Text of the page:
What’s In It For You from The Startup America Partnership

So how cool is this? The Startup America Partnership is offering a collection of real business tools and resources, mostly web-based, to help high-growth startups.


This was announced at the White House a year ago this month. Here’s what I wrote then on this blog:

The Obama White House [Feb. 1, 2011] announced its Startup America Partnership yesterday with some very slick online video streaming, some serious financial commitments, and the good sense to lead with real entrepreneurs including Steve Case and Brad Feld, and real information provided by the Small Business Administration and the Kauffman Foundation. That was a great start.

The announcement now is that the partnership has come out with actual resources people can use. We’re talking about software tools like web apps, analytics tools, accounting, legal forms helps, and of course business planning, things people can use, made available to people who need it. If you are an entrepreneur, high-growth business owner, or in the process of starting, you can join the program for free and take advantage of different tools and resources, depending on your stage of business.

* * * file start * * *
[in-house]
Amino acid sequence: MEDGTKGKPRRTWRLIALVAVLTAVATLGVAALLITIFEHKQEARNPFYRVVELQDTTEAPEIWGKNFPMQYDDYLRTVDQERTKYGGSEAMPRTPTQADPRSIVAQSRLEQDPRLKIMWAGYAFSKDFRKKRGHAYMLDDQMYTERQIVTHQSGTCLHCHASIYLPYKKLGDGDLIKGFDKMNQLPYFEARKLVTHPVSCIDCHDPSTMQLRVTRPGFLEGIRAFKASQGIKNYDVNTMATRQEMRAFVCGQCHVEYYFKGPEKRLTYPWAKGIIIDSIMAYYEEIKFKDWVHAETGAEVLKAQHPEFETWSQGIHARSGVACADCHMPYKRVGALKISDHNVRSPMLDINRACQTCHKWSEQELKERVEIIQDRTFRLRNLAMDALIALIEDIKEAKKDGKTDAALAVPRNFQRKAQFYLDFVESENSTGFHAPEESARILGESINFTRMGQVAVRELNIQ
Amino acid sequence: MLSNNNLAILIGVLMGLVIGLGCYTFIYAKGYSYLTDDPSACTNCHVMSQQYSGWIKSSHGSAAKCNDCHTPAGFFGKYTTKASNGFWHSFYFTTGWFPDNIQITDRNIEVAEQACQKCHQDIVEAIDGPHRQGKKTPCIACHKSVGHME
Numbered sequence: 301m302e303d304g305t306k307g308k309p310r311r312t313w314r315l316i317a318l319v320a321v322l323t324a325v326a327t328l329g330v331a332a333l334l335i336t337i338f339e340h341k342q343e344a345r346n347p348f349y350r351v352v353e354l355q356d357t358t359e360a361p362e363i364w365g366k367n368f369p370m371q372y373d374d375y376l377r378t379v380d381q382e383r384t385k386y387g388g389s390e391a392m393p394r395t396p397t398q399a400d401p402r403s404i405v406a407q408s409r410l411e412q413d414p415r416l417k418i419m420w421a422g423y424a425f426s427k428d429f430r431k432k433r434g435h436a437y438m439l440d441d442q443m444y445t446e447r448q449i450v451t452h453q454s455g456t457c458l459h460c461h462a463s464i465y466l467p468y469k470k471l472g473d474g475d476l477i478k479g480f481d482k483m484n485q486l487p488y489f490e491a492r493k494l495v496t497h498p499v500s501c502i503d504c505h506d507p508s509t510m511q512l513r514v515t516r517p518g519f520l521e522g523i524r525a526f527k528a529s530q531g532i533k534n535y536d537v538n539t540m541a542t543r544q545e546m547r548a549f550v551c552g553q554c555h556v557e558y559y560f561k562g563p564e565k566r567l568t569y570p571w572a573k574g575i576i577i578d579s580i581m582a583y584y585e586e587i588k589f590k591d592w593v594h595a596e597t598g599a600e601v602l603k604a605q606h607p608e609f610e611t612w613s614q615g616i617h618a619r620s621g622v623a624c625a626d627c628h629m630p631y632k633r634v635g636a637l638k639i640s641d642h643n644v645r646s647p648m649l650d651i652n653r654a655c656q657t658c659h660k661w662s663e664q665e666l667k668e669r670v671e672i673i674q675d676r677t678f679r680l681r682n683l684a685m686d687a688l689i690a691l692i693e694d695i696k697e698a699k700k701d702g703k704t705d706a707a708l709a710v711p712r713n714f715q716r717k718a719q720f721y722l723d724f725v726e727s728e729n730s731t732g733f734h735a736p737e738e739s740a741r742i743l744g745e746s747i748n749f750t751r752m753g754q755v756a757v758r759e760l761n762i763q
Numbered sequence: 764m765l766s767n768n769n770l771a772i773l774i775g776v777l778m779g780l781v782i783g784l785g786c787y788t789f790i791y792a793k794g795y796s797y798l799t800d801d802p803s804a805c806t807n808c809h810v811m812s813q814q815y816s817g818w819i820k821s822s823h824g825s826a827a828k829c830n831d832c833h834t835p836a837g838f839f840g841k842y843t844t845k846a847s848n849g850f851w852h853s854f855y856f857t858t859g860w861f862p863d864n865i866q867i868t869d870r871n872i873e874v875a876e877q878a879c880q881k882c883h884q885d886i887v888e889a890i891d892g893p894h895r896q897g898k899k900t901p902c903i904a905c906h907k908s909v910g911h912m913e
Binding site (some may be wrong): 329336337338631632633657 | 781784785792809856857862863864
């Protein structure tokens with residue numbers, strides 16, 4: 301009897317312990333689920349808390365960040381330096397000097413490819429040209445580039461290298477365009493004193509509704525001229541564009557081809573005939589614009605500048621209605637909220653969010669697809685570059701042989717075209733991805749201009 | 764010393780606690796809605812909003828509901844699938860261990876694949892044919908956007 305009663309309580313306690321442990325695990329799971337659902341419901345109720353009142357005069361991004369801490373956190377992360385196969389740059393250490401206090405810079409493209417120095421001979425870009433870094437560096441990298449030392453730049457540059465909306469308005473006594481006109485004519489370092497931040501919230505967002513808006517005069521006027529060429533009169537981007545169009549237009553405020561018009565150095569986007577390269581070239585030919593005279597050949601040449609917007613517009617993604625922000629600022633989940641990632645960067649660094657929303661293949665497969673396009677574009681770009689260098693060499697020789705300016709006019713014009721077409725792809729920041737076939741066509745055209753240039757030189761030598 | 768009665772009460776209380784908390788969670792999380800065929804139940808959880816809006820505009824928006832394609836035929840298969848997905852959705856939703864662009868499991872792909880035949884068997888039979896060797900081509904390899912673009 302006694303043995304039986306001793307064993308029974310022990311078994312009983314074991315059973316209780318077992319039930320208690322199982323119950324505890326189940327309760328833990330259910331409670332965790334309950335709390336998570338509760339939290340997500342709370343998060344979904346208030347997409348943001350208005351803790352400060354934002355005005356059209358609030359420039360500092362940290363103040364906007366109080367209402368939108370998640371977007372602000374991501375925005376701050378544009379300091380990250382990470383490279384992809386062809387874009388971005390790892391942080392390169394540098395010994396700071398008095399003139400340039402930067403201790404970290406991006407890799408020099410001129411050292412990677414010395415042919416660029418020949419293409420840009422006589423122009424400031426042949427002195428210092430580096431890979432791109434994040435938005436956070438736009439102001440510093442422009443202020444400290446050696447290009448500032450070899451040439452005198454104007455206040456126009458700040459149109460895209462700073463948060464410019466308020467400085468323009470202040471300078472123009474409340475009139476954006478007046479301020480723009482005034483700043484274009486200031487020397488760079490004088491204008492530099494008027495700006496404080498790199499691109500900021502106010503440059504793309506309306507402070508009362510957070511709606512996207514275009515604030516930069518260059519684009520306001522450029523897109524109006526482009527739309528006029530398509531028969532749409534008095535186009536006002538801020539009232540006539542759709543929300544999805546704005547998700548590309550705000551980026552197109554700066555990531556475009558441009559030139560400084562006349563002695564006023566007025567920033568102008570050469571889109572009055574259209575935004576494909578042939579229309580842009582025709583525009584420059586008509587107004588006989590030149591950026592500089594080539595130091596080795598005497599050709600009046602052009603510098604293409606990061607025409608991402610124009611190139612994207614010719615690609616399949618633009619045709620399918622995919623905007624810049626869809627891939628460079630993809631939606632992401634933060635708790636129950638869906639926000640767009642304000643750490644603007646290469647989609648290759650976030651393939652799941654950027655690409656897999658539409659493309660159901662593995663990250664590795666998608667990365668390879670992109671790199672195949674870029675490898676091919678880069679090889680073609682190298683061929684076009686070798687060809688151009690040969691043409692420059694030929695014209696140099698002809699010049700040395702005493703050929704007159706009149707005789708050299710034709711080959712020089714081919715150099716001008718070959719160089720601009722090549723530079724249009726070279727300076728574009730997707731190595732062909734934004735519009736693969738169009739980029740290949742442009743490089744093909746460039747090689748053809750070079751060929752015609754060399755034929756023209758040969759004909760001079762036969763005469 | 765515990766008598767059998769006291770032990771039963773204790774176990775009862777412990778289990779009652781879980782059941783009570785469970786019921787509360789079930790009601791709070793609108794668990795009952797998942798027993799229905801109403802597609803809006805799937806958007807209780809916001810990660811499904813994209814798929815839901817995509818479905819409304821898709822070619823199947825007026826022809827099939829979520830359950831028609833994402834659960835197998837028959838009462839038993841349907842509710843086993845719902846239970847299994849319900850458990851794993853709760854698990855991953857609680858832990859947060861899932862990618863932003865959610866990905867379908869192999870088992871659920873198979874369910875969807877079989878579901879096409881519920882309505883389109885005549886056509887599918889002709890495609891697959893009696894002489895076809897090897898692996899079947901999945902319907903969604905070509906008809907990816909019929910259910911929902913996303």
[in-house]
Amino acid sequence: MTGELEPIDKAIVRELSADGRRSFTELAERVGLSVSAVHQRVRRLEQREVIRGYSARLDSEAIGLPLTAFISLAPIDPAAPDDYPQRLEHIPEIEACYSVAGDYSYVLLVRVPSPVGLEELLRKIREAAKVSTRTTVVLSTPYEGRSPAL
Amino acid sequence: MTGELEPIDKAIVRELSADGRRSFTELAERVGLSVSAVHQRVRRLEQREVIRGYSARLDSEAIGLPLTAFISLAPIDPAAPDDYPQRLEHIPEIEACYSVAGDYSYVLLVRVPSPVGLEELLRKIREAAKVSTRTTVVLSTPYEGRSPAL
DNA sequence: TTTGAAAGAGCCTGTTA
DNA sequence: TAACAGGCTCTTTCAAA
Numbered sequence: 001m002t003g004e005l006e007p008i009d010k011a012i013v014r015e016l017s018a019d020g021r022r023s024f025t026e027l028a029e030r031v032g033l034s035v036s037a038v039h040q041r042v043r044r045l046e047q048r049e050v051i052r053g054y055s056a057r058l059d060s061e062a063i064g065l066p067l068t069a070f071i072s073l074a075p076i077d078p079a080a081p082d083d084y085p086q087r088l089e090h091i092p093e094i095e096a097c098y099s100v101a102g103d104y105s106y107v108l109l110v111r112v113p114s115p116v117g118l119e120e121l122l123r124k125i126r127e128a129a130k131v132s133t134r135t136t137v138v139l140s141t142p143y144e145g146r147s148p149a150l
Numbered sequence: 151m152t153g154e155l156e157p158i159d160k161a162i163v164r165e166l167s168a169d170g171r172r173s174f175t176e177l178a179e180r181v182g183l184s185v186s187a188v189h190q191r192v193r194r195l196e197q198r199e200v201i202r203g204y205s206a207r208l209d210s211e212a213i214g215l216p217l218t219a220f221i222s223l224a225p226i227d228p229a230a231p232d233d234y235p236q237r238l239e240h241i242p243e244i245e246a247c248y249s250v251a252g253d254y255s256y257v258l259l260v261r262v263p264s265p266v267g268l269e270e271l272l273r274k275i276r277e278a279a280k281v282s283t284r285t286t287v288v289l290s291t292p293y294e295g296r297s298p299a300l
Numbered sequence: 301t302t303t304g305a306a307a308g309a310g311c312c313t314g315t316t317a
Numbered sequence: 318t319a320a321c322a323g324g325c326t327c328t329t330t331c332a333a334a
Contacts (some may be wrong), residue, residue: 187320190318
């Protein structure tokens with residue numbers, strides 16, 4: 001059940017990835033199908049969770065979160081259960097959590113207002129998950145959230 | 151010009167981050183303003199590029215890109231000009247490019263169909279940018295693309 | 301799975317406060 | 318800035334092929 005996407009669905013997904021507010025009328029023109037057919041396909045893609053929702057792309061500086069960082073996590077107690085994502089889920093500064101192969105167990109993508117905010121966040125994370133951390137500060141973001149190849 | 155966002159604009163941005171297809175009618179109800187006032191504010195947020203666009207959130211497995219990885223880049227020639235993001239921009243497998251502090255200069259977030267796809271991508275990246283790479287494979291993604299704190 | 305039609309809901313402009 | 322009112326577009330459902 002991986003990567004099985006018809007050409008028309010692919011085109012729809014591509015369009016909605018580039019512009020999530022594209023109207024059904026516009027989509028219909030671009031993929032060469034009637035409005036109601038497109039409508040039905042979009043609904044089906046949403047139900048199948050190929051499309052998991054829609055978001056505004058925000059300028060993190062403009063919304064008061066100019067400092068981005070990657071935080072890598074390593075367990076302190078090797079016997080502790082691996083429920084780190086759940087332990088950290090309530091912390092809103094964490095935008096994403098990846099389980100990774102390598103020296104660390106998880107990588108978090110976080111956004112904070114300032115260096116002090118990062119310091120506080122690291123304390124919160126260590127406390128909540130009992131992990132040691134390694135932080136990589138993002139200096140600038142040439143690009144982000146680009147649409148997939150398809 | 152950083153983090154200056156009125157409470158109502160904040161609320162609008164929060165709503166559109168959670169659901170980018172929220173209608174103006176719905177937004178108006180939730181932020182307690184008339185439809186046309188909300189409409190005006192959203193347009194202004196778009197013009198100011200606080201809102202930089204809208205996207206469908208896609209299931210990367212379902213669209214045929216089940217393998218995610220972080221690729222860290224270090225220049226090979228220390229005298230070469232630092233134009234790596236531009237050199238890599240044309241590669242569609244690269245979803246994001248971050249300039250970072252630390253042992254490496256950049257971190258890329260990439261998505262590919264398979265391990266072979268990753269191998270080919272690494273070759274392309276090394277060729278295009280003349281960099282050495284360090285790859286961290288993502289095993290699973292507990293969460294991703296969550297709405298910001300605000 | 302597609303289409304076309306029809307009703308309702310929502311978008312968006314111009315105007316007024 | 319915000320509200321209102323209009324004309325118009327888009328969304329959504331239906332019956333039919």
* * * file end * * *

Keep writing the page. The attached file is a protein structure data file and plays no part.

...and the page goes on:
You can use this link to register your business, started or about to start.

And I’m proud to say, by the way, that my company, Palo Alto Software, is one of the participating companies. I like to see us doing our part.

And another note, just because it should be said: I don’t like the sentiment that says this is like “at last” the federal government is helping small business. I’ve posted on this blog often about how much I respect the government’s Small Business Administration (SBA) programs to help small business. I cooperate with the SBA whenever I can, and I blog for the SBA community site, and I have business plan tutorials on that site too. I also work often with the SBA-funded Small Business Development Centers (SBDC), which offer help to small businesses in 1,000 locations; they are excellent. And I am a member of SCORE, a mentorship program, sponsored by the SBA. The difference between these and Startup America is that Startup America isn’t using tax dollars at all.


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